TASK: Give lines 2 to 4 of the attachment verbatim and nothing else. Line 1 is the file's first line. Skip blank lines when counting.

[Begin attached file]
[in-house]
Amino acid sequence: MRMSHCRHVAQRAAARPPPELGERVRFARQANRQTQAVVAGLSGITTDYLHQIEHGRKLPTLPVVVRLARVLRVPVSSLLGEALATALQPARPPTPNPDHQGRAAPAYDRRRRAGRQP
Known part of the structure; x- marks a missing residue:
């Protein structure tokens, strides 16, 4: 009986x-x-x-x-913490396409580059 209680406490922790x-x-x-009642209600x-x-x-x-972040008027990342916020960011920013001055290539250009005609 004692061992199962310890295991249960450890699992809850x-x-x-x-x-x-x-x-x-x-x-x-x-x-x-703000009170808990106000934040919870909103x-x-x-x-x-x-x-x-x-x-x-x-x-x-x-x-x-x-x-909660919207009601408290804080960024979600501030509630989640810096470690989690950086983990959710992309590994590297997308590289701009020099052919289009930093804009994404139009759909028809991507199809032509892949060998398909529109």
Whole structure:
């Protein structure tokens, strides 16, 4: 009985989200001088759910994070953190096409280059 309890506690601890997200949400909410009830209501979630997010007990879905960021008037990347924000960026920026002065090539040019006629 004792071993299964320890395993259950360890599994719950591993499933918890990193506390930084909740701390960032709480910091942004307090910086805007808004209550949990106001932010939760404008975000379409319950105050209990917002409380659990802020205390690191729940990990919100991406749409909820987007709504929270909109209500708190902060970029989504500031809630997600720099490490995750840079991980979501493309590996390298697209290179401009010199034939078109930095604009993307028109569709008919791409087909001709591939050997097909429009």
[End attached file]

Amino acid sequence: MRMSHCRHVAQRAAARPPPELGERVRFARQANRQTQAVVAGLSGITTDYLHQIEHGRKLPTLPVVVRLARVLRVPVSSLLGEALATALQPARPPTPNPDHQGRAAPAYDRRRRAGRQP
Known part of the structure; x- marks a missing residue:
């Protein structure tokens, strides 16, 4: 009986x-x-x-x-913490396409580059 209680406490922790x-x-x-009642209600x-x-x-x-972040008027990342916020960011920013001055290539250009005609 004692061992199962310890295991249960450890699992809850x-x-x-x-x-x-x-x-x-x-x-x-x-x-x-703000009170808990106000934040919870909103x-x-x-x-x-x-x-x-x-x-x-x-x-x-x-x-x-x-x-909660919207009601408290804080960024979600501030509630989640810096470690989690950086983990959710992309590994590297997308590289701009020099052919289009930093804009994404139009759909028809991507199809032509892949060998398909529109």